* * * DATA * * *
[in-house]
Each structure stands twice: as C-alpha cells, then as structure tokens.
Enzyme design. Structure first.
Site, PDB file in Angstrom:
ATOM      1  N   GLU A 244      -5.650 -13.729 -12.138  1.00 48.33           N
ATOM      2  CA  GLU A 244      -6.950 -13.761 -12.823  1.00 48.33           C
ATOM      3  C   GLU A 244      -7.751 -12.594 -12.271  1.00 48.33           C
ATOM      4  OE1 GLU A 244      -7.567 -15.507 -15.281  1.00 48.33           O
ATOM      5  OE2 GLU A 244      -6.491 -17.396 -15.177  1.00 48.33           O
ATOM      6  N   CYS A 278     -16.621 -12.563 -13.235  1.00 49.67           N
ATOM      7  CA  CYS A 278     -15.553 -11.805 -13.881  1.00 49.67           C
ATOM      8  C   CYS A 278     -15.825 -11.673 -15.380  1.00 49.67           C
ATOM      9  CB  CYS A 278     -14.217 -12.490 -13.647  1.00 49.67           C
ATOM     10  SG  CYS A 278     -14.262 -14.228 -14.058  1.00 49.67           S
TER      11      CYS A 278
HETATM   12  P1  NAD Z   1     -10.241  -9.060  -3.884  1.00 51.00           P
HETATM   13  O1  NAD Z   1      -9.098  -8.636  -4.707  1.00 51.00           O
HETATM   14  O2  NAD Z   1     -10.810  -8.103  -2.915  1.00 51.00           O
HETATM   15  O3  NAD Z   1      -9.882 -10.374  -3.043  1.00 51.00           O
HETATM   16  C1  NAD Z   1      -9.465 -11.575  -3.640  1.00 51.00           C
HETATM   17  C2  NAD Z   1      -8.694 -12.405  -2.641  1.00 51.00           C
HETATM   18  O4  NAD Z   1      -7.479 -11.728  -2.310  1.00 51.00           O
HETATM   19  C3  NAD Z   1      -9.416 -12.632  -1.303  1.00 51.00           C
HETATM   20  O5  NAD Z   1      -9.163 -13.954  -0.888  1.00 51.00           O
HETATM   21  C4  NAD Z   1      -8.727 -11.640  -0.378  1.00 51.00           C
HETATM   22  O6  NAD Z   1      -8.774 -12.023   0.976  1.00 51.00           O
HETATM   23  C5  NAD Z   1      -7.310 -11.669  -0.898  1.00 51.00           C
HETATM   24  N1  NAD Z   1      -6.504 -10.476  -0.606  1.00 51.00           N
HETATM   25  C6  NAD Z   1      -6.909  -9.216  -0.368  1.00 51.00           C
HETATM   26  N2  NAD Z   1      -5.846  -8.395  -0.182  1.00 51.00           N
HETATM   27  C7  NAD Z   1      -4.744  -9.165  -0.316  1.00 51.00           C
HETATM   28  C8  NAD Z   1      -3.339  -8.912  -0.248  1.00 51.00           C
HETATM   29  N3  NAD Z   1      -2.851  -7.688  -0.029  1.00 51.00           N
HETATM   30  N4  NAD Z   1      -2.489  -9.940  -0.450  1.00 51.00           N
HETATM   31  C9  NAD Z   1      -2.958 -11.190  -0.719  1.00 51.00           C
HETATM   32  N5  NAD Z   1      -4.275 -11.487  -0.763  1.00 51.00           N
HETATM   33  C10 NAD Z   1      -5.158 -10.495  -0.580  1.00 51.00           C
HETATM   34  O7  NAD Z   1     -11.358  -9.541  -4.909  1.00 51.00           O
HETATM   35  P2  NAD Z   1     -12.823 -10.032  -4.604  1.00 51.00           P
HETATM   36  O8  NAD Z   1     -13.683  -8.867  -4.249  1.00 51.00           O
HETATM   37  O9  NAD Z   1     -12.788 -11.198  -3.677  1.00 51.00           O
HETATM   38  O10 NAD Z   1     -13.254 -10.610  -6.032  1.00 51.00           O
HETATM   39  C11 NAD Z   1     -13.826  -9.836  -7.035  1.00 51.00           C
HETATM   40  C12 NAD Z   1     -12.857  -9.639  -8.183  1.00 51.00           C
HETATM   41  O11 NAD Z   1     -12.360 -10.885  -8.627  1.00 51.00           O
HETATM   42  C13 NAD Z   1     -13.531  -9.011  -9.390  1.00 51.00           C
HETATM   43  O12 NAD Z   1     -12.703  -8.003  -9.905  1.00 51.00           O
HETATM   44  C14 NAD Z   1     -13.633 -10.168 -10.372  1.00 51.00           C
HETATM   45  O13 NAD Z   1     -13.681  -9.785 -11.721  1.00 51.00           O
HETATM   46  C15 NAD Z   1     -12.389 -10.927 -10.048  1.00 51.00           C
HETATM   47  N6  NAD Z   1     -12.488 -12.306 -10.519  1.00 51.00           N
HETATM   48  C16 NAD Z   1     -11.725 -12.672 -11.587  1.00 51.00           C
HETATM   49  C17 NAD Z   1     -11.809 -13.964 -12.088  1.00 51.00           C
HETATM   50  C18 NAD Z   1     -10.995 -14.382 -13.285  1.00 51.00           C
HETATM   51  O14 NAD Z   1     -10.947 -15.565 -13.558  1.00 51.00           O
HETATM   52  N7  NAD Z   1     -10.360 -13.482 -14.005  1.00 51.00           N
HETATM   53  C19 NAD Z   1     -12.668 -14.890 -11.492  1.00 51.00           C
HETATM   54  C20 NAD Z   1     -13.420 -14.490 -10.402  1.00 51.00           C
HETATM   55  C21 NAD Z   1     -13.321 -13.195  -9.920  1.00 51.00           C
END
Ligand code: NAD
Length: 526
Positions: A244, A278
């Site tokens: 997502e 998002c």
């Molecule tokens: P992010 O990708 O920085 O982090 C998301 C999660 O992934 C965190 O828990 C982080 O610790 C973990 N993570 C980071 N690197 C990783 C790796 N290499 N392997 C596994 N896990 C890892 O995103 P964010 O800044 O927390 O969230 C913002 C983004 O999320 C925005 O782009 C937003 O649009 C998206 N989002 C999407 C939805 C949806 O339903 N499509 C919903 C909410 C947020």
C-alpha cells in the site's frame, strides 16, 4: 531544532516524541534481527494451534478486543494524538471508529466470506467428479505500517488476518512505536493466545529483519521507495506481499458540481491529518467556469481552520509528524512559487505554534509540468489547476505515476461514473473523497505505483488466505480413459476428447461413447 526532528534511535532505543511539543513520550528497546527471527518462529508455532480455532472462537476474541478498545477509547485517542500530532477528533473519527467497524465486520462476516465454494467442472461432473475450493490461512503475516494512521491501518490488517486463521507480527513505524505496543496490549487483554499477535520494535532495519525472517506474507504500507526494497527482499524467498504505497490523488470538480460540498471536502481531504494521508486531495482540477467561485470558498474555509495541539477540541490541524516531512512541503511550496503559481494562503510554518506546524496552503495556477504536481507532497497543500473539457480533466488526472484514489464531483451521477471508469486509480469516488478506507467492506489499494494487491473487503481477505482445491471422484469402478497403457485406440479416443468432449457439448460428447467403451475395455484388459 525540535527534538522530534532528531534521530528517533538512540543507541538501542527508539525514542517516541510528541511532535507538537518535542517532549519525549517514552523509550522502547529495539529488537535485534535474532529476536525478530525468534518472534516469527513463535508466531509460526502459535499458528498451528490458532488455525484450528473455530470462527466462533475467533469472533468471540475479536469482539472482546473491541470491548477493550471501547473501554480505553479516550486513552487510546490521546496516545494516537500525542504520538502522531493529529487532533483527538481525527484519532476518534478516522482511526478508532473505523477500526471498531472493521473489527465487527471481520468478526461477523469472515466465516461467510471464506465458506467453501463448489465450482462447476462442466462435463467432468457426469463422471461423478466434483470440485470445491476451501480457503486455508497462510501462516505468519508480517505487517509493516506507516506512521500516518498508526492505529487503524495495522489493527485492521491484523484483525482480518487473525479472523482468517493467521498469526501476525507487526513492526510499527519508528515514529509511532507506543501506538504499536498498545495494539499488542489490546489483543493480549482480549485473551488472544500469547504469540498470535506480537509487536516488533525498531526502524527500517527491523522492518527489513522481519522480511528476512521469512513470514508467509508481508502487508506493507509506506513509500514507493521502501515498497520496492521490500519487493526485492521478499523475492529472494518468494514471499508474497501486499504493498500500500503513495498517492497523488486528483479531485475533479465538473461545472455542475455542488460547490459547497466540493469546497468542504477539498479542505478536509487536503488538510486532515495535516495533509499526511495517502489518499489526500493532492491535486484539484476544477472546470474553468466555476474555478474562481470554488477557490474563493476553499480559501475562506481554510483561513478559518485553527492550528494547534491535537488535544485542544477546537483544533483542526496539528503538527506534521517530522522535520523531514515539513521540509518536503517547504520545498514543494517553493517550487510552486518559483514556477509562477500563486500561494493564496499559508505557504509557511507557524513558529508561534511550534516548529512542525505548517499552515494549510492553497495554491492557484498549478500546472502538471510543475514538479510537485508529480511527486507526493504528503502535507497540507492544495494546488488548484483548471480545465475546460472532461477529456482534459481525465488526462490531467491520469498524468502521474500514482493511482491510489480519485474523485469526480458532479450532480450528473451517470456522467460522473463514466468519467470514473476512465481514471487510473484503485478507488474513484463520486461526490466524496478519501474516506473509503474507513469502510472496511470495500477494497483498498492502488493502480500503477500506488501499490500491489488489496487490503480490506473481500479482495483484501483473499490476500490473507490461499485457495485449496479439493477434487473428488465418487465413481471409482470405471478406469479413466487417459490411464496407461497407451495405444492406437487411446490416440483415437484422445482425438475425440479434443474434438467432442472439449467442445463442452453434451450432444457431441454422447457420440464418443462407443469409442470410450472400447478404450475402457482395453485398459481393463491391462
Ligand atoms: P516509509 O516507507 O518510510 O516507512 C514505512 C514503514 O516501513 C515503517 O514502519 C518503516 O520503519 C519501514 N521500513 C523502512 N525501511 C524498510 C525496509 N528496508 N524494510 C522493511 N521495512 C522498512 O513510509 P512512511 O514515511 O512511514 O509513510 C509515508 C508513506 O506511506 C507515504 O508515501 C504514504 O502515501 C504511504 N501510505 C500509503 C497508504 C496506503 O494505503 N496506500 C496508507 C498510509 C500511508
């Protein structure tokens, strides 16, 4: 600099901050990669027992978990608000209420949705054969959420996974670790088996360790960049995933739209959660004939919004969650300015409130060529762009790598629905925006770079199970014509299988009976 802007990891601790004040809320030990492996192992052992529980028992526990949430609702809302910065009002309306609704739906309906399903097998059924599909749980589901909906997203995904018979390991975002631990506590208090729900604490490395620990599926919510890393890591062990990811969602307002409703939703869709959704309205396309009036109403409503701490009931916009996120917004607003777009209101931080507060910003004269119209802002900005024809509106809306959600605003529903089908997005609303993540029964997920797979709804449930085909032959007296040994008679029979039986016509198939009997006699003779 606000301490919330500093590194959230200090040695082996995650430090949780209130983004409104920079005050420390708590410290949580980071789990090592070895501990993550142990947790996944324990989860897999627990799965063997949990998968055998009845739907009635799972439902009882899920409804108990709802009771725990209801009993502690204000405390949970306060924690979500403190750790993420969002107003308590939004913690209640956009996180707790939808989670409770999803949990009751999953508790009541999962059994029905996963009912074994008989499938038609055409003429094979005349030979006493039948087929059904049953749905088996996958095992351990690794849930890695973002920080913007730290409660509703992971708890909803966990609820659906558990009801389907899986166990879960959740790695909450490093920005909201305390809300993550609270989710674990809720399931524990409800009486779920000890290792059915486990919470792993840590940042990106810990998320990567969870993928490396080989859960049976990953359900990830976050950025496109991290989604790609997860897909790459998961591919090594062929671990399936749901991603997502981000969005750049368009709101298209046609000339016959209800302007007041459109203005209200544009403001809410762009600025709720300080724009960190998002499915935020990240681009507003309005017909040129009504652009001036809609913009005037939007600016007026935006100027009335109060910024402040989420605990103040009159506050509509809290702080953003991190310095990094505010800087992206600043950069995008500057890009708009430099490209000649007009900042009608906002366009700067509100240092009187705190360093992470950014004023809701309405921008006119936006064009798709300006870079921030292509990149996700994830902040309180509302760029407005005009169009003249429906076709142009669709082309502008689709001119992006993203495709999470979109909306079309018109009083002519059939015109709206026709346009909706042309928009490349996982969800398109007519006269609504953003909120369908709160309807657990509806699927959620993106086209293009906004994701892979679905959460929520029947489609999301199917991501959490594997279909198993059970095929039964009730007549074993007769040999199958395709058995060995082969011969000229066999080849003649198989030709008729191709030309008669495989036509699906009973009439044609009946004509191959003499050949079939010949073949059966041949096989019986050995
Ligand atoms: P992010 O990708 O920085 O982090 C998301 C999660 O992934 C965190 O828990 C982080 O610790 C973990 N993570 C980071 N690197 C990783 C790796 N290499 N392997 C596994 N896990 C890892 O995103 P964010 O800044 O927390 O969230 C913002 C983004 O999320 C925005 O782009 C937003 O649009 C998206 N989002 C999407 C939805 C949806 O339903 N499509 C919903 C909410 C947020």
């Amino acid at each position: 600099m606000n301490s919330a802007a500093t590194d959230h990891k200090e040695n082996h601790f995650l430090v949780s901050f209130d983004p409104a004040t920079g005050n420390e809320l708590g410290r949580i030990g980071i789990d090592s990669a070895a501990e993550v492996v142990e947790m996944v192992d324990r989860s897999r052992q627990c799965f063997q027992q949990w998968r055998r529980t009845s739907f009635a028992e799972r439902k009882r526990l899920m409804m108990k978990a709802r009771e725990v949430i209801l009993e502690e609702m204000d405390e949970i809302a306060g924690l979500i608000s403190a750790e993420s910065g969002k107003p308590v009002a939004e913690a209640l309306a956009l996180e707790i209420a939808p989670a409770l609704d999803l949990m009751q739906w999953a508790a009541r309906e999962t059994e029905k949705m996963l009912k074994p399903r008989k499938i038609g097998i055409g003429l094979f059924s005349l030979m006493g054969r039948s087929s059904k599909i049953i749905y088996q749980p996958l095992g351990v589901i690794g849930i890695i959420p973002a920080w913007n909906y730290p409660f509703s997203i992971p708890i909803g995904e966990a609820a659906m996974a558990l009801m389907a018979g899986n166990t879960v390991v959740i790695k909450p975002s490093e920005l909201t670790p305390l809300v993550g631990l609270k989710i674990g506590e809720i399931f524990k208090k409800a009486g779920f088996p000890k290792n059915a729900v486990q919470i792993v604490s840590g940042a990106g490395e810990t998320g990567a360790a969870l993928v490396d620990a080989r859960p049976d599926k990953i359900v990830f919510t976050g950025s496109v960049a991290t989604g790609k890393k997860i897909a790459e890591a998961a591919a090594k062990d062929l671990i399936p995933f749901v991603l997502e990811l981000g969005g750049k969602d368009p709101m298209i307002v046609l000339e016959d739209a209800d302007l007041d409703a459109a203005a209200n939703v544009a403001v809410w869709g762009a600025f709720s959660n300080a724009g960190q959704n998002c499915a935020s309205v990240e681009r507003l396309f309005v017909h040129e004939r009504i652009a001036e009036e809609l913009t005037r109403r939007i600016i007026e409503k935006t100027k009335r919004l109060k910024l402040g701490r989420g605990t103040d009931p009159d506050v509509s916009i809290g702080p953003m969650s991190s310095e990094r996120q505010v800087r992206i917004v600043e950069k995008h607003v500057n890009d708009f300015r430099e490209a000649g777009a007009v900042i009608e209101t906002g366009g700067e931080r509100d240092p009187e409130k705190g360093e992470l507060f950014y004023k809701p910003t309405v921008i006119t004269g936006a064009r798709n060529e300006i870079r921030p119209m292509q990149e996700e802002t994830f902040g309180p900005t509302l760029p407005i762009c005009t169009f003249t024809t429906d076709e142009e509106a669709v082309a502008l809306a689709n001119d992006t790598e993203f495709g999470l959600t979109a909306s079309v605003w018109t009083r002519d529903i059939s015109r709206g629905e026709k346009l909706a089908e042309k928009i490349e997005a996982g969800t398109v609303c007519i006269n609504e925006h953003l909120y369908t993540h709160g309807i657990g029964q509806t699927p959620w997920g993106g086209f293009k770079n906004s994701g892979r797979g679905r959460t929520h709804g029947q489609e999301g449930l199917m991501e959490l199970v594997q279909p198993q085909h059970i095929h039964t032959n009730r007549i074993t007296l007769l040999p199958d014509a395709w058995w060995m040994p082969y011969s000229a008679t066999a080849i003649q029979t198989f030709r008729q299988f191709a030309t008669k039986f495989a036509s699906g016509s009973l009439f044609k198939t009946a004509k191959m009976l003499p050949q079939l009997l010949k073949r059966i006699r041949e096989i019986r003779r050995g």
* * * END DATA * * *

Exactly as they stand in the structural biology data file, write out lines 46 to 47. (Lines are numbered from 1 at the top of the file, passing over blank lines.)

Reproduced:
HETATM   42  C13 NAD Z   1     -13.531  -9.011  -9.390  1.00 51.00           C
HETATM   43  O12 NAD Z   1     -12.703  -8.003  -9.905  1.00 51.00           O